A fifth of Britain’s population experienced persistently worse mental health during the first six months of the crisis, researchers found.
Young women were initially worst affected, while women aged 65 and over saw more persistent declines in their mental health.
Those with large groups of friends before the pandemic, and those who lost work after April 2020, were more likely to have suffered a lengthy mental health decline.
Mark Williamson, head of the charity Action for Happiness, said: ‘This has been a tough year for so many of us and the World Happiness Report shows that the UK has suffered more than most when it comes to happiness.
‘Policymakers should take this as an opportunity to centre human happiness and wellbeing as we recover from the pandemic so that we can build back happier.
‘The report also shows the importance of trust and community benevolence, which really means kindness and doing things for others. Not only do these things make us happier, but when it comes to Covid, they can save lives.’
Britain did come ahead of France, Spain and Italy, which have all imposed strict lockdowns at various stages of the pandemic.
The UK dropped five places to 18th as the lockdown took its toll on mental health (pictured, a police officer enforcing the rules in Scarborough)
But the UK’s drop allowed Ireland to move ahead of Britain into 14th, having been one place behind in the 2017-19 rankings.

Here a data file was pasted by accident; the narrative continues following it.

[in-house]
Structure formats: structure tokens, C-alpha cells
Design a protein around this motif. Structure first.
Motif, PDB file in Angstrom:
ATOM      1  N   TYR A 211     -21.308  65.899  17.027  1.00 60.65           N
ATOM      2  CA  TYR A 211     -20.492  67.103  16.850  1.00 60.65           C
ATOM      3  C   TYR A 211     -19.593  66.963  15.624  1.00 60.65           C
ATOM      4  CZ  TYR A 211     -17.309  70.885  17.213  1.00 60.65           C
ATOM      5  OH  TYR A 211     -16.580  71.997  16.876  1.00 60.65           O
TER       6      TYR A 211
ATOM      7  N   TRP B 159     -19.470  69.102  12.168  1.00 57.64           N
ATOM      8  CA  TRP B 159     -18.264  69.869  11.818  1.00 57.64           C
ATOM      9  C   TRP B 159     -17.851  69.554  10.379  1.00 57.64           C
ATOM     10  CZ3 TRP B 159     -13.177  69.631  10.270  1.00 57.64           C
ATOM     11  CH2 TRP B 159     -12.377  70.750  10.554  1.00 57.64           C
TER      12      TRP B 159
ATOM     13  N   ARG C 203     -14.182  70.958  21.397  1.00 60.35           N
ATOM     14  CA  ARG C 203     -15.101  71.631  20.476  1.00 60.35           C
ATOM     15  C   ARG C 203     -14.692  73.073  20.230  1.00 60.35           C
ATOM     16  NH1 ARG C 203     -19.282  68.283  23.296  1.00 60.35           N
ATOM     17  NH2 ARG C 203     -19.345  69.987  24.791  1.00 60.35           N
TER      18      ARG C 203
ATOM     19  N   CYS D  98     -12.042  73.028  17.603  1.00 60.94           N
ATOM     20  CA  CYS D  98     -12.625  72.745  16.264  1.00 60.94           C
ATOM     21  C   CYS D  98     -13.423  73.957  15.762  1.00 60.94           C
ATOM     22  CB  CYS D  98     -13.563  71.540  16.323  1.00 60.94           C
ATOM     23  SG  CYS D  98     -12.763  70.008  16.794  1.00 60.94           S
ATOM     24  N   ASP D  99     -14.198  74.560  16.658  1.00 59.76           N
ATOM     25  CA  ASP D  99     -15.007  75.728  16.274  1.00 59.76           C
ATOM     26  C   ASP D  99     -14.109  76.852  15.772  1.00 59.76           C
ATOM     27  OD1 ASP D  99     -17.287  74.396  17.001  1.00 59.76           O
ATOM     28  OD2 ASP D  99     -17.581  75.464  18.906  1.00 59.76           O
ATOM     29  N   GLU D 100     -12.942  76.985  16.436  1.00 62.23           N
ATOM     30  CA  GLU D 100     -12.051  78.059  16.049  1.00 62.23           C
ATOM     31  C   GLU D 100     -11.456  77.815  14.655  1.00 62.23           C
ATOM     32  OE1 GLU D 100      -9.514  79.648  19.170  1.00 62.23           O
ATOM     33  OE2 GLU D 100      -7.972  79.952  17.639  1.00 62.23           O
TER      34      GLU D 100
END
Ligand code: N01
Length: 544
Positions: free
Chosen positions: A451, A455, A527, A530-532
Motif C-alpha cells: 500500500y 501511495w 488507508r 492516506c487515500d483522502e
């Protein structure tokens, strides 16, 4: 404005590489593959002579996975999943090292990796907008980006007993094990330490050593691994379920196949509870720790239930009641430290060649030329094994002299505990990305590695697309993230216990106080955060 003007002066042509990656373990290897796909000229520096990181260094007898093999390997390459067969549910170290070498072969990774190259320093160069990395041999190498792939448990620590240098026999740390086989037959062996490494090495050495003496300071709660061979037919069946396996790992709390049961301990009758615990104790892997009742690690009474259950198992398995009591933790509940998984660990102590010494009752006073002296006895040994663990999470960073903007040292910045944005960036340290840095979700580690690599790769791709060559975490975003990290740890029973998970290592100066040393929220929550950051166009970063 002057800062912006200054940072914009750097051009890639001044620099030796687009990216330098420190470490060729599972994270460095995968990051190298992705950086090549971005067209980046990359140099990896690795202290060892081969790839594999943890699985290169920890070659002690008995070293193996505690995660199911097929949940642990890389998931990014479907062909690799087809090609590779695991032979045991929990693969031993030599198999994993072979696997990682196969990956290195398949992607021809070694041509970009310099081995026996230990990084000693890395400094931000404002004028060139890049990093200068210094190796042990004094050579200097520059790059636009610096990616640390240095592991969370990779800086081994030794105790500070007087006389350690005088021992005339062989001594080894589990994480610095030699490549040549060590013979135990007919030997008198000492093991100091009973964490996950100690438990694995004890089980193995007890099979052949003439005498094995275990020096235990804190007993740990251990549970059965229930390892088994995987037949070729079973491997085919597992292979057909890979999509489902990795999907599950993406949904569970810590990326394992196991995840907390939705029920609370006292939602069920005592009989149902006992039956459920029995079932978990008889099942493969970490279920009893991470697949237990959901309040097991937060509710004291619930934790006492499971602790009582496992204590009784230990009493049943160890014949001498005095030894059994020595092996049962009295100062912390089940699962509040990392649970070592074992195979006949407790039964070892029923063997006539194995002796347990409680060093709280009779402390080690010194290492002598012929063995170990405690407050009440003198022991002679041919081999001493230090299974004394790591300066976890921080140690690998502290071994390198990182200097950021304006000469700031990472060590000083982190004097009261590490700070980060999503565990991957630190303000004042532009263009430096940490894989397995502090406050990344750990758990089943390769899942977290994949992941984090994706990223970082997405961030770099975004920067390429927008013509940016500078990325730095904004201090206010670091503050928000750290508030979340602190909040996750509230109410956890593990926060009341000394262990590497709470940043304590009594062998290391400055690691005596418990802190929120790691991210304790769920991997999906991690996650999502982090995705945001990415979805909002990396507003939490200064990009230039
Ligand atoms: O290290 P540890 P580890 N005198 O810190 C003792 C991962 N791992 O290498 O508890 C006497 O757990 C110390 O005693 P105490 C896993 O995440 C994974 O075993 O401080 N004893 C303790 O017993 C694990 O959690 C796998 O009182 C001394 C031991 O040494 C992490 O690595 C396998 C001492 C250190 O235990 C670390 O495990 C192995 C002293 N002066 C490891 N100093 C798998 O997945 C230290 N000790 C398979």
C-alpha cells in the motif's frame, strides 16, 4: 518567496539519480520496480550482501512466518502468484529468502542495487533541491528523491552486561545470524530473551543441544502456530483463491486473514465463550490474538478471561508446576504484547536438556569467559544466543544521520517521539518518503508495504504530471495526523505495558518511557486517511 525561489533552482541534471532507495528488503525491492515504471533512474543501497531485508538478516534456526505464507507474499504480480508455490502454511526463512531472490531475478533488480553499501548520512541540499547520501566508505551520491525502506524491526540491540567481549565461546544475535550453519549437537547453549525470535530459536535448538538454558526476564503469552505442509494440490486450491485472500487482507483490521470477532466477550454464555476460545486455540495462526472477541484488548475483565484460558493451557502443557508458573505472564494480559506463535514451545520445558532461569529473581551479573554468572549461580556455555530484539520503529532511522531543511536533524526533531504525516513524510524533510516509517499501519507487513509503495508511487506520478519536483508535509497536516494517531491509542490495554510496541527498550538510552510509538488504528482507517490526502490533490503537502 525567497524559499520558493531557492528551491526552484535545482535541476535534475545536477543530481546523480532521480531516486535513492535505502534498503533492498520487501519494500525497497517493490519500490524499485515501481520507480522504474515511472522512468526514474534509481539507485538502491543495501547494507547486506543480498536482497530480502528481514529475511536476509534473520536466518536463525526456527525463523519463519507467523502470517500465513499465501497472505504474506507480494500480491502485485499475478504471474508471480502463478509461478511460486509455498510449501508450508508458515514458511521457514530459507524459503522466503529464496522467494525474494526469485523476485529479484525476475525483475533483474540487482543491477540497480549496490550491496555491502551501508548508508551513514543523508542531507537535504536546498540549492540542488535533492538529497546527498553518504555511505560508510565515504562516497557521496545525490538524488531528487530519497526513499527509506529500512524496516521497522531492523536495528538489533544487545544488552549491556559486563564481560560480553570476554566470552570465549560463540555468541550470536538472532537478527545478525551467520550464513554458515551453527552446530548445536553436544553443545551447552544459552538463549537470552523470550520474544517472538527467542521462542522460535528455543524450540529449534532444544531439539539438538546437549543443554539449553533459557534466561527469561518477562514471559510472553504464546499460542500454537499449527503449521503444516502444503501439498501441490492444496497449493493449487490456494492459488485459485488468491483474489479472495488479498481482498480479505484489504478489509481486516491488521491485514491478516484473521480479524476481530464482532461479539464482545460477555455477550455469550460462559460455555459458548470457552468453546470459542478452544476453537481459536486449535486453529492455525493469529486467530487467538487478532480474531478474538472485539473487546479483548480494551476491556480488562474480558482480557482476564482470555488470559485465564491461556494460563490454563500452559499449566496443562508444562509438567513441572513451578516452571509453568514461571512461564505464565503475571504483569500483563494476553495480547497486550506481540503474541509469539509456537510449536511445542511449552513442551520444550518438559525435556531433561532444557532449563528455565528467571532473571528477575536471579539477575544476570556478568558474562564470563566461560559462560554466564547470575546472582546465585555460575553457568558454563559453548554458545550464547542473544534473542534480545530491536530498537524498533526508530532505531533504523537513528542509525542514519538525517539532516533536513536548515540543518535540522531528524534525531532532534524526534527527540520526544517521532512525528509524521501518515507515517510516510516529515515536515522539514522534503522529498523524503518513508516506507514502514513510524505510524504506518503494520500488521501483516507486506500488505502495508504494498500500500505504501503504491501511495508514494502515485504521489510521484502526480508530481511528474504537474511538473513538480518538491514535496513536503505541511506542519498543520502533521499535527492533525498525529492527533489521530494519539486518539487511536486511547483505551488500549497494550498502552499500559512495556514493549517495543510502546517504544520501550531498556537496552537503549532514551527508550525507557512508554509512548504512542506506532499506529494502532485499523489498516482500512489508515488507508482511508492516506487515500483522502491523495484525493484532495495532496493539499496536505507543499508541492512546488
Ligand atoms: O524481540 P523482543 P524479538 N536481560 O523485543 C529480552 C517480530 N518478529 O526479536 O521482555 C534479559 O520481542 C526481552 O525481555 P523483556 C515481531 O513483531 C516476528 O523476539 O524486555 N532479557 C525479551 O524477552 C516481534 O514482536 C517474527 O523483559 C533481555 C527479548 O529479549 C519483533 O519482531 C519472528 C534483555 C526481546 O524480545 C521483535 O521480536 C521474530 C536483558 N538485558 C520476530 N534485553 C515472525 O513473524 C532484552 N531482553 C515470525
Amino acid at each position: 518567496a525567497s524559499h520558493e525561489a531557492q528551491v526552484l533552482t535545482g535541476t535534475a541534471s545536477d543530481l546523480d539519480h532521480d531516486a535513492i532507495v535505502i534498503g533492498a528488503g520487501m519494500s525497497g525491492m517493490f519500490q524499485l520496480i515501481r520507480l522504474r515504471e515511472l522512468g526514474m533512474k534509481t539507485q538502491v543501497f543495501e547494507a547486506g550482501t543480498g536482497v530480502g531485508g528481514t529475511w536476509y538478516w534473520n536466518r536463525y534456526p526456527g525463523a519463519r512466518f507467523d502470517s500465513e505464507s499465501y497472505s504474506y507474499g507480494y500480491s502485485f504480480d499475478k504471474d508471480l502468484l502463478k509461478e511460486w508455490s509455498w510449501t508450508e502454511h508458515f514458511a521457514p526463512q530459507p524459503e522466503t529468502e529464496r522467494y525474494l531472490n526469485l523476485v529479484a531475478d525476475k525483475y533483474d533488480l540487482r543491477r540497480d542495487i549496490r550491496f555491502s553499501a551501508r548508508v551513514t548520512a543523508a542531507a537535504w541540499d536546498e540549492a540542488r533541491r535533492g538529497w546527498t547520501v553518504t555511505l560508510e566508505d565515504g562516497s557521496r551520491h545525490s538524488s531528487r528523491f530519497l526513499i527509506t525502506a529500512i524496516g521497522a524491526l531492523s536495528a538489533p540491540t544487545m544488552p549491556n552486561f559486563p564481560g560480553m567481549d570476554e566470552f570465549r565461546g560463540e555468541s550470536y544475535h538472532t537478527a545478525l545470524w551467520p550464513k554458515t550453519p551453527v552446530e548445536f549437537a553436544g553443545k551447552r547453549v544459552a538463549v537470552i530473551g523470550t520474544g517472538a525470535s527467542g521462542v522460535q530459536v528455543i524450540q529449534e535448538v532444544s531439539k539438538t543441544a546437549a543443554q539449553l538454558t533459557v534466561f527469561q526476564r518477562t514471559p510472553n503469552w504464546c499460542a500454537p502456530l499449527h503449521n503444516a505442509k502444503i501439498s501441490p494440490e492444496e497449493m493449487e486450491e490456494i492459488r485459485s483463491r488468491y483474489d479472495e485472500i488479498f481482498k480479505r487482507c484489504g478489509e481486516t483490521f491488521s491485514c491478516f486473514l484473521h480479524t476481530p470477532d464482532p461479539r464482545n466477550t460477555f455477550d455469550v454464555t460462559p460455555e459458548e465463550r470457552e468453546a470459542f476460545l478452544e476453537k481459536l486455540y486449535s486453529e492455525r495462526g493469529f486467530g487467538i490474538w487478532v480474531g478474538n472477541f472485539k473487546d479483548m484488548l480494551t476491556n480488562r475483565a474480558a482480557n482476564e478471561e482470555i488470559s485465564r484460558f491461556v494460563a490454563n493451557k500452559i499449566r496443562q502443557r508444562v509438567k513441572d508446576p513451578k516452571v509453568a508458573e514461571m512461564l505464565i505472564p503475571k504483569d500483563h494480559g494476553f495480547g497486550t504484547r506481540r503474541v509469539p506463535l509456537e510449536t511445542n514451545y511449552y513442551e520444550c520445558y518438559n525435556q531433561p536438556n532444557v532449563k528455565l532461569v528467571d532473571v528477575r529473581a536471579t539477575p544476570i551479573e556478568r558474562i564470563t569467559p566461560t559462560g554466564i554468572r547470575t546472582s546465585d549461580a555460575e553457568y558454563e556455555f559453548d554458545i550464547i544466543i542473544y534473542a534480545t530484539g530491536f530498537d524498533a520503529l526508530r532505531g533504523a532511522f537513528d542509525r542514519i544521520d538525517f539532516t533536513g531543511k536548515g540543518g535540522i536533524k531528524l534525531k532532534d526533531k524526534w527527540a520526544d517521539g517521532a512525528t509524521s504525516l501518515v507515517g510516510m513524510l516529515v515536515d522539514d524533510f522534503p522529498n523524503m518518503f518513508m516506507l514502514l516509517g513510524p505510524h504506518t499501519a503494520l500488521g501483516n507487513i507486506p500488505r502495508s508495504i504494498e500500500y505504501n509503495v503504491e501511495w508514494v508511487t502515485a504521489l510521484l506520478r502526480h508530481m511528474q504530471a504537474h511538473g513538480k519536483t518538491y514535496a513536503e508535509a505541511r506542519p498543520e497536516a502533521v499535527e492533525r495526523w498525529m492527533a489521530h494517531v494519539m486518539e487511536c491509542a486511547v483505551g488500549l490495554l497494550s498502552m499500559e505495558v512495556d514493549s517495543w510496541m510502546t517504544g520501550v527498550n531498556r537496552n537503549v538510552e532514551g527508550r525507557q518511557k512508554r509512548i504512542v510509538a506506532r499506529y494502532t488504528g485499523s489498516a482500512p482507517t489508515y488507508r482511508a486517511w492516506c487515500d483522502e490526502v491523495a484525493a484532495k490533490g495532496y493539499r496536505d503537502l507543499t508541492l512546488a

Also suffering a significant drop was Brazil, where the virus has killed nearly 300,000 people amid public health chaos and political bitterness over the response.
The South American country fell from 29th to 41st in the table, which included 95 countries that researchers were able to survey during the pandemic.
Meanwhile China climbed from 69th to 52nd after becoming the only major economy to enjoy a year of growth in 2020 despite the initial outbreak in Wuhan.
Lower down the table, there were low marks for Zimbabwe, Tanzania and Jordan which occupied the bottom three spots in the table.
India also fared poorly in 91st, scoring only 4.3 out of ten in the happiness survey and ranking worse than European nations on social support and corruption.
The rankings were mainly powered by a Gallup World Poll asking people about their happiness, but also included other measures to include the impact of Covid-19.
However, researchers said changes to the overall rankings had been relatively modest, saying it was ‘remarkable that the averages are so stable’.
Authors said the relatively small changes may reflect both the global nature of the pandemic and a ‘widely-shared resilience’.
The study is carried out by the UN-backed Sustainable Development Solutions Network and the Center for Sustainable Development at Columbia University.
Full rankings: The 2021 World Happiness Report
9. New Zealand
14. United States
16. Czech Republic
18. United Kingdom
21. Saudi Arabia
27. United Arab Emirates
50. South Korea
52. China (excluding Hong Kong)
58. Bosnia and Herzegovina
61. El Salvador
66. Hong Kong
70. Ivory Coast
72. Dominican Republic
75. North Macedonia
76. South Africa